Saturday, July 14, 2007

Wasai---George Washington and the Cherry Tree

In one of my first classes as an English teacher in Taiwan I made, what was for me an amazing discovery. Everyone had heard of that story of George Washington chopping down his father’s favorite cherry tree and then confessing “Father I cannot tell a lie, it was I who cut down your cherry tree.” It is remarkable when you think about it that such a simple story that may or may not have happened half a world away is well known in Taiwan. I was even more surprised to read in a book by Richard Hartzell that he had studied many works of Chinese literature and asked many students if there was any comparable story in all of Chinese literature. Neither he nor any of his students could find a story in all 5,000 years of Chinese culture with a similar moral--that you should speak truth to power even if it is a very inconvenient truth to swallow. Sure enough, I could find stories where the wise man tells one thing to one person and then the opposite to another presumably because it is the state of mind of the listener that is to be considered, but no story to praising the habit of telling the truth even if it very uncomfortable.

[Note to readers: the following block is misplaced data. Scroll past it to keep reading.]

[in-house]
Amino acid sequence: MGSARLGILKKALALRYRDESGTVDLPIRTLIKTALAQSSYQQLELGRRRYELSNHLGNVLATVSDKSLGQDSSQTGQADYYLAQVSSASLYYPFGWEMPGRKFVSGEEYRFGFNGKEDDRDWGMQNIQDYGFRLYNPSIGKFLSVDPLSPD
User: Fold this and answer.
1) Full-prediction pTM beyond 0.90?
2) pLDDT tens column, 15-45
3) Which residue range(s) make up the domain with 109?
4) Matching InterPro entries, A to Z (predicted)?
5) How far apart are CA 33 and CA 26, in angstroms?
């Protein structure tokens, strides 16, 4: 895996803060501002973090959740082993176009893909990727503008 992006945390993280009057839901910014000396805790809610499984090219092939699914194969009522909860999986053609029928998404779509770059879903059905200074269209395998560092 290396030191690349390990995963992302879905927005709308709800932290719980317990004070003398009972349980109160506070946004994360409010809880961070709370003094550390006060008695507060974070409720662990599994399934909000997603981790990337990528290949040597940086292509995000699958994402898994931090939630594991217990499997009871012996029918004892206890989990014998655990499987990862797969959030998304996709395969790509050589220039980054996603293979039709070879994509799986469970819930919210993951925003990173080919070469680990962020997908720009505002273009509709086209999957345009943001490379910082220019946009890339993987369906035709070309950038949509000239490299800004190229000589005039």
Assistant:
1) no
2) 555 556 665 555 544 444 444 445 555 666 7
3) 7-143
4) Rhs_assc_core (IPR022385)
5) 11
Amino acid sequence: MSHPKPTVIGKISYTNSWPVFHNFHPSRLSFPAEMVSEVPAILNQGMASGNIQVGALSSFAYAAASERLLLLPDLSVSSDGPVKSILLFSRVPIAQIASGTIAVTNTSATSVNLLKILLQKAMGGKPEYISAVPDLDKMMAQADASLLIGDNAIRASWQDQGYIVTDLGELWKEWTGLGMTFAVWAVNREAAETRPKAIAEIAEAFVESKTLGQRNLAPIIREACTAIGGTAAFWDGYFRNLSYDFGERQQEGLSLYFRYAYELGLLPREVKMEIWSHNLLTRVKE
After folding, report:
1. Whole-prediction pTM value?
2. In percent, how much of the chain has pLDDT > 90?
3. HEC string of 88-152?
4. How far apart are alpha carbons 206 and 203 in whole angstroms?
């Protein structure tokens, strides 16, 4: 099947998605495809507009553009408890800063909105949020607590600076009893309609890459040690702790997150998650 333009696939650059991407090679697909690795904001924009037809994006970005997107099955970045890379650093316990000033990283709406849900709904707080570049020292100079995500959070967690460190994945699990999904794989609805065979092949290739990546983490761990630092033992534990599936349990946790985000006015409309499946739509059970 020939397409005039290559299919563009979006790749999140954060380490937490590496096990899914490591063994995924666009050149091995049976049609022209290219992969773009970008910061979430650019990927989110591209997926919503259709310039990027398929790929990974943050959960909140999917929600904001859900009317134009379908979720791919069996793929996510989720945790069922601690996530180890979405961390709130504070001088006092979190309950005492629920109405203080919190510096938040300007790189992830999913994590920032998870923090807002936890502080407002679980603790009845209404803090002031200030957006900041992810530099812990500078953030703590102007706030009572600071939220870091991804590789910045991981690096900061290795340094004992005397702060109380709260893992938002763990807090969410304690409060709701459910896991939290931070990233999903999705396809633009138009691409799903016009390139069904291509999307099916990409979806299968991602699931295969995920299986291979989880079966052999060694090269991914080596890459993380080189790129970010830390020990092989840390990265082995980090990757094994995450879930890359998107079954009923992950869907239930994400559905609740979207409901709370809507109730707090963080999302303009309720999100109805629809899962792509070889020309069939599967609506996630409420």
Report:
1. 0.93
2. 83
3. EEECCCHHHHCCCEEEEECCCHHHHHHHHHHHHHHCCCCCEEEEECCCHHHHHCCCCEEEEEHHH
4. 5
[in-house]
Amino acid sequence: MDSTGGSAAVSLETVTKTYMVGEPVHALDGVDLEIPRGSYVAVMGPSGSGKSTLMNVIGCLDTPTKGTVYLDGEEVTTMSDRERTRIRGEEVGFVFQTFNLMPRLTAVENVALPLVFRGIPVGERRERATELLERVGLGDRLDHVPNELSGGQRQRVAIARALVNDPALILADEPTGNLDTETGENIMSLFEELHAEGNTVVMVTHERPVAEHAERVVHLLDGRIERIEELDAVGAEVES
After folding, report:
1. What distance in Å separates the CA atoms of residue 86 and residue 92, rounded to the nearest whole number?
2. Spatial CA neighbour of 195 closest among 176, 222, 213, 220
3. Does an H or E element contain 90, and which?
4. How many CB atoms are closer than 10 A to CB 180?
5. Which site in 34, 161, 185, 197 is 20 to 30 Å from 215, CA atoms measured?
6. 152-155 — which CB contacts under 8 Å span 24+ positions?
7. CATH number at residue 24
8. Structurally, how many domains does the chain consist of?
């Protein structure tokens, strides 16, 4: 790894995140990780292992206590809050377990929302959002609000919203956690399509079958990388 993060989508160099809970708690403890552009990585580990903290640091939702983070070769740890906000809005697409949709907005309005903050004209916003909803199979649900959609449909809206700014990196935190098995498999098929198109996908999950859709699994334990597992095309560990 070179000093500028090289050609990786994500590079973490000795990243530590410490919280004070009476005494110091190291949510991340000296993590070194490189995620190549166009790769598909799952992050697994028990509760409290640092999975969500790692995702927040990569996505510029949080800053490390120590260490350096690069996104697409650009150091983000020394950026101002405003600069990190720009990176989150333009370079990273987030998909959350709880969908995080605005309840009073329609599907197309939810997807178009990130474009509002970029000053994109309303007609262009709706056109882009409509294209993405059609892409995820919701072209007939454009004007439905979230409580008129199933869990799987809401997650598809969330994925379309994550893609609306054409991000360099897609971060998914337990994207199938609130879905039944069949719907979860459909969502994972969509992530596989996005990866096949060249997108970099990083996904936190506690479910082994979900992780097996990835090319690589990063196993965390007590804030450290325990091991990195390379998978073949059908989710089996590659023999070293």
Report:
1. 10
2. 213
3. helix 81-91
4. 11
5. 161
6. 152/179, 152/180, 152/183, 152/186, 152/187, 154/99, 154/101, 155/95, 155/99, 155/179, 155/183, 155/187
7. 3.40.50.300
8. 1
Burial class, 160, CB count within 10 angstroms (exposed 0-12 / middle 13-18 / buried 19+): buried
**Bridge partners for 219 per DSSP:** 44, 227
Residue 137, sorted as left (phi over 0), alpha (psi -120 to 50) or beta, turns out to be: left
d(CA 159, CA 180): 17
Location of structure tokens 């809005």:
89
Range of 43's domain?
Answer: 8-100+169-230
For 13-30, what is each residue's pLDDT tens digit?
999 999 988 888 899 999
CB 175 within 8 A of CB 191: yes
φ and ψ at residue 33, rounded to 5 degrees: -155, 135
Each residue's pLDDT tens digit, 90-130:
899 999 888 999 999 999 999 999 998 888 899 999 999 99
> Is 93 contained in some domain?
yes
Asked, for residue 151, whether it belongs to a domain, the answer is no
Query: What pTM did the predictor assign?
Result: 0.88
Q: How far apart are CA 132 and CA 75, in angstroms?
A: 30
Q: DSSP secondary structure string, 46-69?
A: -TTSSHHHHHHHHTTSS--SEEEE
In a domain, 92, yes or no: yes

Ever since then I have wondered how much this could be responsible for the smooth operation of things here in Taiwan. Unless you watch the evening news you will see very few people getting angry in public and almost no disagreement on any issue. As a teacher I have been completely unsuccessful at every attempt so far to stir up a disagreement or a debate in any classroom, no matter how hard I try to encourage it! There seems to be a remarkable ability to frame and reframe opinions and viewpoints to smooth over any possible differences of opinions. Is this one of the secrets for a calm peaceful society? I wonder, if George Washington had been Chinese, what would he have told his father?

Submitted to Wasai Taiwan by: Tim Allen (Hsinchu)

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1 comment:

Anonymous said...

What about that one story about something like a group of brothers (historians) who refused to make a false record downplaying their master's involvement in a murder, and were executed as punishment?